Does TV’s Dr. Oz Really Know How To Fix What Ails You?

It’s easy these days to turn to the Internet to try to self-diagnose what ails you, especially with the glut of information provided by authority figures like Dr. Mehmet Oz – better known as Oprah Winfrey-certified Dr. Oz – one of the most recognizable names in the media when it comes to comes medicine. But a new report by the Chicago Tribune is calling his wide-ranging advice into question.

Dr. Oz is a cardiac surgeon who, through his TV show, health guides, magazine columns and Web site, gives information on a plethora of health topics. However, a number of medical experts are criticizing his methods, saying that some of what he offers up is not supported by science.

Specifically questioned is his view that the rotavirus vaccine is “optional” and could cause intussusception, a complicated intestinal infection in infants. But according to the American Academy of Pediatrics, the Centers for Disease Control and Prevention, and the World Health Organization, which all recommend the vaccines, data have proven that intussusception is not linked to the vaccine.

Dr. Oz’s spokespeople told the Chicago Tribune that his mission is to give his audience information from multiple perspectives.

“The purpose of the site is to provide users with as much information as possible and allow the users to differentiate between what they find helpful and what they do not,” Dr. Oz’s team wrote in response to questions asked by the paper.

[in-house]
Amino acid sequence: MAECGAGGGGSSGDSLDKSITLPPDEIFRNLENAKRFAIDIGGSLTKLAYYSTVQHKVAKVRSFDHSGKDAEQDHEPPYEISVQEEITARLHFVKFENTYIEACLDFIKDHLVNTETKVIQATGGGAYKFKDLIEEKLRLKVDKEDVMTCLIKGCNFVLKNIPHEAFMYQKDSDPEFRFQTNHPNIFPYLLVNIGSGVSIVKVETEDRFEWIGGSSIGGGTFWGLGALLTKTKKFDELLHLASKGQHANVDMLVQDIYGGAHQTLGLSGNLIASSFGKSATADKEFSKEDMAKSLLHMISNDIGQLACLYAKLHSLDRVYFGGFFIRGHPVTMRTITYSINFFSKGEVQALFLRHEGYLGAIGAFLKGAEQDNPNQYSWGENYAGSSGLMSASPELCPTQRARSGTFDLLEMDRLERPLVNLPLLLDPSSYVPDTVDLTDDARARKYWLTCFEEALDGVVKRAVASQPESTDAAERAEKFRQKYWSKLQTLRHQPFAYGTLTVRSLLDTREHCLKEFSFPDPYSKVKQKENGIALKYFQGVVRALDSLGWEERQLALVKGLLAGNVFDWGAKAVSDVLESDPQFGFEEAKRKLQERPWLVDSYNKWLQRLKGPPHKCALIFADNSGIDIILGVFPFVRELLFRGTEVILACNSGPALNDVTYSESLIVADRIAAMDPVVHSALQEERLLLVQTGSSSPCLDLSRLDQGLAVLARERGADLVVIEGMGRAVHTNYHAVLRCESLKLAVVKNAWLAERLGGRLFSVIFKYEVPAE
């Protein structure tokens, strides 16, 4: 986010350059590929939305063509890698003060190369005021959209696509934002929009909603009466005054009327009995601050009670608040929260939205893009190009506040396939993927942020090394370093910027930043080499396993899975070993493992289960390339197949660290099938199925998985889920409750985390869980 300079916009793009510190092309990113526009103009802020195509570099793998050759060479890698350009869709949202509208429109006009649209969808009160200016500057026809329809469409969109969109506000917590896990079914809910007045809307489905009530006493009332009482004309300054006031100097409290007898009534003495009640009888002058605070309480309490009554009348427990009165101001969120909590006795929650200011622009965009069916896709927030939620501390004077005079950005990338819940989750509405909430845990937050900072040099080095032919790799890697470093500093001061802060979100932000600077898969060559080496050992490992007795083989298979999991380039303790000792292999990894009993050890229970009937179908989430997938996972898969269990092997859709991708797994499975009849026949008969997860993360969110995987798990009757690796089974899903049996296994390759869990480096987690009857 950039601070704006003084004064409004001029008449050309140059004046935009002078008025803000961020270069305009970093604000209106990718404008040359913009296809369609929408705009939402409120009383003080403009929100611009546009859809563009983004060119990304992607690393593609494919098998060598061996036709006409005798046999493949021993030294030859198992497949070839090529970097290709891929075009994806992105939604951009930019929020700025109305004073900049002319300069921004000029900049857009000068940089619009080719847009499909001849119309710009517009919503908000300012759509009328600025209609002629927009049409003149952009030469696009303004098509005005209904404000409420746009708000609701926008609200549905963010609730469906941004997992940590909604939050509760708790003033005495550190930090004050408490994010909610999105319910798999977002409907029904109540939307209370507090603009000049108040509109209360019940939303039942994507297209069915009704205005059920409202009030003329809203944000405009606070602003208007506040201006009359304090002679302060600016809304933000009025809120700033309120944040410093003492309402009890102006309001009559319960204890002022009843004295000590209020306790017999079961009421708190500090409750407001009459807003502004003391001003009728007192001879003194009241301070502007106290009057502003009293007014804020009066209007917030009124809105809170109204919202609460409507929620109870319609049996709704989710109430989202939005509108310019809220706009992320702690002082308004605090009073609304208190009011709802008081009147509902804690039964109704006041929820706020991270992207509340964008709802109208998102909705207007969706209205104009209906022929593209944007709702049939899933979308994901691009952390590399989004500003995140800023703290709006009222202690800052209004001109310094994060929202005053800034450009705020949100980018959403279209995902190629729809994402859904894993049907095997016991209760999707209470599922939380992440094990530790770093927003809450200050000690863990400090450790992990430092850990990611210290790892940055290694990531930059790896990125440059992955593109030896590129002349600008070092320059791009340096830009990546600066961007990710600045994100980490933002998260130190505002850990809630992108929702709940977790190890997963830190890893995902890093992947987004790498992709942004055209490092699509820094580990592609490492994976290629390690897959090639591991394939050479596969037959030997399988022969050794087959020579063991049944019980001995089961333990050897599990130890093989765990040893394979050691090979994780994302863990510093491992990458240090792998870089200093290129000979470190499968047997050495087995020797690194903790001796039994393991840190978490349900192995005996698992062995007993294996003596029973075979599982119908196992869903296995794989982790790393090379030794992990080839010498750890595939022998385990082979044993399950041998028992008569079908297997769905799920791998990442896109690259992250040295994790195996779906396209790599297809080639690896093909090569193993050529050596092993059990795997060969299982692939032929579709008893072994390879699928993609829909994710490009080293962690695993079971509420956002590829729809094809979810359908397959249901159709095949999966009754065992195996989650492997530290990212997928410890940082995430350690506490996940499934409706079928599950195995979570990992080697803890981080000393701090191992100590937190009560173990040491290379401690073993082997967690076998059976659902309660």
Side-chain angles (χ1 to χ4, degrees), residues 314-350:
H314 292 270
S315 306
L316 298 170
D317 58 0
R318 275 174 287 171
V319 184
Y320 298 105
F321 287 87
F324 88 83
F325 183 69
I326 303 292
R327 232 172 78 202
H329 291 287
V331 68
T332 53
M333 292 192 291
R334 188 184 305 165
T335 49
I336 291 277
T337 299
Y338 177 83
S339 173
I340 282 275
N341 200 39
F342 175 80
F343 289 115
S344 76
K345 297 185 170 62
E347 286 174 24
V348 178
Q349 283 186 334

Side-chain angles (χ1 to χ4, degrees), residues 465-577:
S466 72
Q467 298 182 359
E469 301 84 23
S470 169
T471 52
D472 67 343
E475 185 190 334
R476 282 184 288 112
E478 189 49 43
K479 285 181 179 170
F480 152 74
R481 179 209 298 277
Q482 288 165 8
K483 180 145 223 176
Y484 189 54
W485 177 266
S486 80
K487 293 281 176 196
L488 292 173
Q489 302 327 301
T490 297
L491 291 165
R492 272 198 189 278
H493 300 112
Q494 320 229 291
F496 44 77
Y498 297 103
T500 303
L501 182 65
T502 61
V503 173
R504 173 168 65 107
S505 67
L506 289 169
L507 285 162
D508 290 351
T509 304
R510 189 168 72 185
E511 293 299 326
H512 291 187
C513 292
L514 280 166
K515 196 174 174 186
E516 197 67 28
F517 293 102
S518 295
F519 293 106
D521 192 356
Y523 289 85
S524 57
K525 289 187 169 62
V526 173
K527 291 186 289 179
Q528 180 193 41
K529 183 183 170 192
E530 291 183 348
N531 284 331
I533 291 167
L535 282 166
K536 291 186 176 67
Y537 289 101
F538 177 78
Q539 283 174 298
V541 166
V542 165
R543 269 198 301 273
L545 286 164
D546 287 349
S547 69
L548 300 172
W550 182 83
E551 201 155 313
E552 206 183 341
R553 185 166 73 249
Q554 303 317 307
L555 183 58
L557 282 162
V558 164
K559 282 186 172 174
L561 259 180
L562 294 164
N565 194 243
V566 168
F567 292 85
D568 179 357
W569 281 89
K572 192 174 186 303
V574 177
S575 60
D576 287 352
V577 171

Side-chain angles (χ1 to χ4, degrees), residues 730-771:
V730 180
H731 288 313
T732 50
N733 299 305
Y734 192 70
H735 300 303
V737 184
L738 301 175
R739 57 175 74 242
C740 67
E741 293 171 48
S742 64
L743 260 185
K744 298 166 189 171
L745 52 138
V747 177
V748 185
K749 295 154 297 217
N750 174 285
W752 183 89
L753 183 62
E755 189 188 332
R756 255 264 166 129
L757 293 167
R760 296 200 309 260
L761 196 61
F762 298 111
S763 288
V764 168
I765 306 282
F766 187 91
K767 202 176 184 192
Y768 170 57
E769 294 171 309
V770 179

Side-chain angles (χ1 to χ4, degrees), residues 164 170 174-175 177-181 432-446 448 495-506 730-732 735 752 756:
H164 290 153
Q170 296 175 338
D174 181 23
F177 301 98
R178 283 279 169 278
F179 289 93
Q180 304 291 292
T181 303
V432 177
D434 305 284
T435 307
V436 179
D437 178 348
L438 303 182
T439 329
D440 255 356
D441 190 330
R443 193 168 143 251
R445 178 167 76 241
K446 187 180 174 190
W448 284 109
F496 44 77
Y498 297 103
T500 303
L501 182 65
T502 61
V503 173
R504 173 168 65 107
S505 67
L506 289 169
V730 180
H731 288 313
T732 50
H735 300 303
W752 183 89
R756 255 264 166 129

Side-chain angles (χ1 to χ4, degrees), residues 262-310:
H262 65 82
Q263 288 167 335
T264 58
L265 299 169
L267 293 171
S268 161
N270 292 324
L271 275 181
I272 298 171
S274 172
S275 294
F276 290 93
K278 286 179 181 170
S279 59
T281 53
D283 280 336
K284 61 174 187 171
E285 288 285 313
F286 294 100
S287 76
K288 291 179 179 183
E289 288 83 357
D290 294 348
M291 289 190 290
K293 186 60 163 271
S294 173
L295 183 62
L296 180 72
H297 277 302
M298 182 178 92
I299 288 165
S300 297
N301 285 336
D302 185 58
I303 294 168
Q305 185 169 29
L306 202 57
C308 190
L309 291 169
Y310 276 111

His critics say that that approach might not be the best, when it comes to promoting medicine with a basis in scientific research.

Gary Scwhitzer, University of Minnesota professor and publisher of, which rates medical news reports, weighed in for the Chicago Tribune‘s article. He says:

We have this population that is thirsty for a little sip of a drink … and we are gushing them every day with this powerful fire hose. It is ineffective and it can be dangerous.

Others question his inclusion of entries on his Web site by a doctor who has supported controversial autism treatments. Also called into question is information from a man Dr. Oz calls a “highly esteemed pioneer” in alternative medicine, Dr. Joseph Mercola, who has been warned by the FDA about health claims he’s attributed to certain products he sells. Dr. Mercola also has circulated the idea that cancer is a fungus treatable with baking soda.

“For it to be a fair discussion, we must include a multitude of voices and opinions, even those that may be controversial,” Oz’s spokespeople wrote, with the senior medical producer of The Dr. Oz Show, Susan Wagner adding that the show aims to “have a conversation with America about health and wellness, in a way that we have never done on TV before.”

Read the entire article on the Dr. Oz debate at the Chicago Tribune.

Dr. Oz: Critics find fault with Dr. Oz’s approach to health advice [Chicago Tribune]